Hunter s bend

Also known as: Rigger's bend

On 6 October 1968 The Times (London) carried a report on the front page describing how Dr Edward Hunter, a retired physician, had invented a new knot. The article generated a lot of interest in both Europe and the United States, but at the height of the publicity it was found that the knot had already been described by Phil D. Smith, an American, in about 1950 in a publication called Knots for Mountaineers. Phil Smith had been working on the waterfront in San Francisco during World War II when he had devised the knot, which he had named a rigger's bend.

It is also easy to untie. It is based on two overhand knots and is stronger than the fisherman's bend, the sheet bend and the reef knot, although it is not as strong as the blood knot.

Sheet bend

Also known as: Common bend, flag bend

The sheet bend is unusual in that it can be used to join lines of unequal diameters, it is probably the most often used of all the bends, but it is not 100 percent secure and should never be used in circumstances where it is going to be subject to great sham. Its breaking strain is further reduced in proportion to the difference in the diameters of the lines joined.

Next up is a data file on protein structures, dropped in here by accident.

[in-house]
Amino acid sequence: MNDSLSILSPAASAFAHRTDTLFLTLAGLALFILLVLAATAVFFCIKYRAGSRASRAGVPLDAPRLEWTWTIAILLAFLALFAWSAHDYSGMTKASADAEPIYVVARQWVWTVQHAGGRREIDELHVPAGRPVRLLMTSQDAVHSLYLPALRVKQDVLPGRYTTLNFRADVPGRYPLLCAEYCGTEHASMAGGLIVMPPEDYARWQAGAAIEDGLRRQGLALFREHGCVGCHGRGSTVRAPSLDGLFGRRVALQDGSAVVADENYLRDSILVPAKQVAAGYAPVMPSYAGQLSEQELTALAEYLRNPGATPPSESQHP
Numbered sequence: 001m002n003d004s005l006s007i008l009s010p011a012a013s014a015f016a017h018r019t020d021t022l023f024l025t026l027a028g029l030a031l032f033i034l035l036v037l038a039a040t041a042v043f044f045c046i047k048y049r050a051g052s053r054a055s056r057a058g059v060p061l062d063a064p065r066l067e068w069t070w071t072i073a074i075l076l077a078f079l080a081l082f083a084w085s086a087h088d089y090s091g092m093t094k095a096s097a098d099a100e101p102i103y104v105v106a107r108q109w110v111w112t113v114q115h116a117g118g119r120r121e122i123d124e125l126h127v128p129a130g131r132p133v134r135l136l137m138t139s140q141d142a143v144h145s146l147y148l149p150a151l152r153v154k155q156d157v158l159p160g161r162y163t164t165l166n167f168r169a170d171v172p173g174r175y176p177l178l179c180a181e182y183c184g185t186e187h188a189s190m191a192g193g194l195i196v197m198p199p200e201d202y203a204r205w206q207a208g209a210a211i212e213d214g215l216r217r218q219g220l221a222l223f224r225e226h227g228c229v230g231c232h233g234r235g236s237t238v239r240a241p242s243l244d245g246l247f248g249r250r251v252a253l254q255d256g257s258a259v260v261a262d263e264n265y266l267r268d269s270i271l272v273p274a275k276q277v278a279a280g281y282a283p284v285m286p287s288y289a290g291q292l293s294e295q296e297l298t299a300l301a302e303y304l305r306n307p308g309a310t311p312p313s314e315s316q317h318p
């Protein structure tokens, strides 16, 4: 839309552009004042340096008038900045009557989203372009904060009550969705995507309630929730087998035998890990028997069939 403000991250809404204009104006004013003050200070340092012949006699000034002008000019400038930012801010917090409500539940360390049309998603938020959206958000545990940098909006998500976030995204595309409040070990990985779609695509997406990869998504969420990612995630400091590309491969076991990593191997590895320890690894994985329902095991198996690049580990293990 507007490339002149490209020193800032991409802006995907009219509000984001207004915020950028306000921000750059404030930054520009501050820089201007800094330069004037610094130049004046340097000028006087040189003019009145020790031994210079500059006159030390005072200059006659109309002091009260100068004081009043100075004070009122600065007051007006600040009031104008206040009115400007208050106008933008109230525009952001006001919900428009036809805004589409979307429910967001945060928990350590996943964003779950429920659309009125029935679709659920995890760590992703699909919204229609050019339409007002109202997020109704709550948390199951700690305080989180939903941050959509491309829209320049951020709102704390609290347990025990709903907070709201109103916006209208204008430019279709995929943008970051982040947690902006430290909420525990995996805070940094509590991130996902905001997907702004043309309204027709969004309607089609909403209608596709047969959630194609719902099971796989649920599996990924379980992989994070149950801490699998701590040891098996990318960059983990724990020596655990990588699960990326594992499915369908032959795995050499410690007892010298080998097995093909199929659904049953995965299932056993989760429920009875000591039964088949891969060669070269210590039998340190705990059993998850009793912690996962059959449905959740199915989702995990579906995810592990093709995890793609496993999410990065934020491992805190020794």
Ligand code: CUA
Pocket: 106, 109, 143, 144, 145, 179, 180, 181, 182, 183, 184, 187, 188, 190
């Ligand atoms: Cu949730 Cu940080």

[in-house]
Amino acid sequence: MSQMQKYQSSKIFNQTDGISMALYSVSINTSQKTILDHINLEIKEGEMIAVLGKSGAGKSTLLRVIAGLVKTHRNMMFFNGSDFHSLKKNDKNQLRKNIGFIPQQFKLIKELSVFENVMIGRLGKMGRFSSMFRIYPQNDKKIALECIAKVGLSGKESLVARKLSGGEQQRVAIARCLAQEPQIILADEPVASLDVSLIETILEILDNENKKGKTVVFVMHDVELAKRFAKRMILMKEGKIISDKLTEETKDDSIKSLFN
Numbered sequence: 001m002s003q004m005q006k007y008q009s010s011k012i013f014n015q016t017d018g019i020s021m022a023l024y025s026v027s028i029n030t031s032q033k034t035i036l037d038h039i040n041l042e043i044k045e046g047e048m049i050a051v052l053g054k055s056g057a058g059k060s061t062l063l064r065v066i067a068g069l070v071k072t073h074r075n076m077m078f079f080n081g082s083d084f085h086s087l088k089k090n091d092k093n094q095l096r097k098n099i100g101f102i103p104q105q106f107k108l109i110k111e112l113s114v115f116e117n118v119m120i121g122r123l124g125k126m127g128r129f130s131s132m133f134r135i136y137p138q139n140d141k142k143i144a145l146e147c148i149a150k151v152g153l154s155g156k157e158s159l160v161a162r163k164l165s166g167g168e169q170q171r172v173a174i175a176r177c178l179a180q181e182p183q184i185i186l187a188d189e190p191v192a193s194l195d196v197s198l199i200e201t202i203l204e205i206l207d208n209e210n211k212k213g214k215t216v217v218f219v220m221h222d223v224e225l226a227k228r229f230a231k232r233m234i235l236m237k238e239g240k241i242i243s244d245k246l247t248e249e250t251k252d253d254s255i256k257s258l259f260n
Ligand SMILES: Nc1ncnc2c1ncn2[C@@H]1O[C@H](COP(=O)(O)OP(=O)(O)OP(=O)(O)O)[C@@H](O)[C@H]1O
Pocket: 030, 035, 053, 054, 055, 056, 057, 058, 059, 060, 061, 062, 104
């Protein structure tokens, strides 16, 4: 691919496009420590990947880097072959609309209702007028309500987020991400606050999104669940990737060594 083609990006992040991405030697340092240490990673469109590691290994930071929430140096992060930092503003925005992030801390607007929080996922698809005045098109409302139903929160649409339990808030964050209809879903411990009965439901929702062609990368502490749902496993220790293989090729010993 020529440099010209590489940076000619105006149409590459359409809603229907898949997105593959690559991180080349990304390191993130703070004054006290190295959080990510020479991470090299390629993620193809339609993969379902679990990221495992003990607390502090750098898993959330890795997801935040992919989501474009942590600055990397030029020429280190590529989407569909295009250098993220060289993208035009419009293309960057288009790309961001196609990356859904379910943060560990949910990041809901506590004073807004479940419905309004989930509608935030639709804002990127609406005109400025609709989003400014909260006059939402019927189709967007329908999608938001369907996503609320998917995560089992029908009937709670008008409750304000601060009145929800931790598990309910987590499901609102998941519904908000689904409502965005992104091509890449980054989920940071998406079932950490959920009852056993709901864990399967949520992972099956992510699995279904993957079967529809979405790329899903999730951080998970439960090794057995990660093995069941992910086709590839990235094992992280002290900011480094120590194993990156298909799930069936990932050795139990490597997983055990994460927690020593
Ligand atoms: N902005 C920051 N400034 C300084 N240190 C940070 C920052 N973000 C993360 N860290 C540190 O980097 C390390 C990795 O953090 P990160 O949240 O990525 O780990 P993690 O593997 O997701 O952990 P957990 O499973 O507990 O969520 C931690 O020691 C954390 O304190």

Although the knot may be seen in Ancient Egyptian paintings, the name did not appear in print in 1794, The sheet was originally the rope attached to the clew {the lower or after corner) of a sail, which was used for trimming the sail, and it was from this usage that the knot derived its name. It is also traditionally used to join the two corners ofa flag to the rope used for raising or lowering it. On such occasions it is sometimes referred to as a flag bend. It can also be used to make a rope fast to anything with an aperture—a handle on a spade, for example- through which the line can be passed and trapped under itself. When the knol is tied with the short ends on opposite sides it becomes a left-handed sheet bend, but this is to be avoided as this knot is not secure.

A slipped sheet bend is formed by placing a bight between the loop of the heavier rope and the standing part of the lighter rope. The slipped knot may be more easily untied when the rope is under strain.

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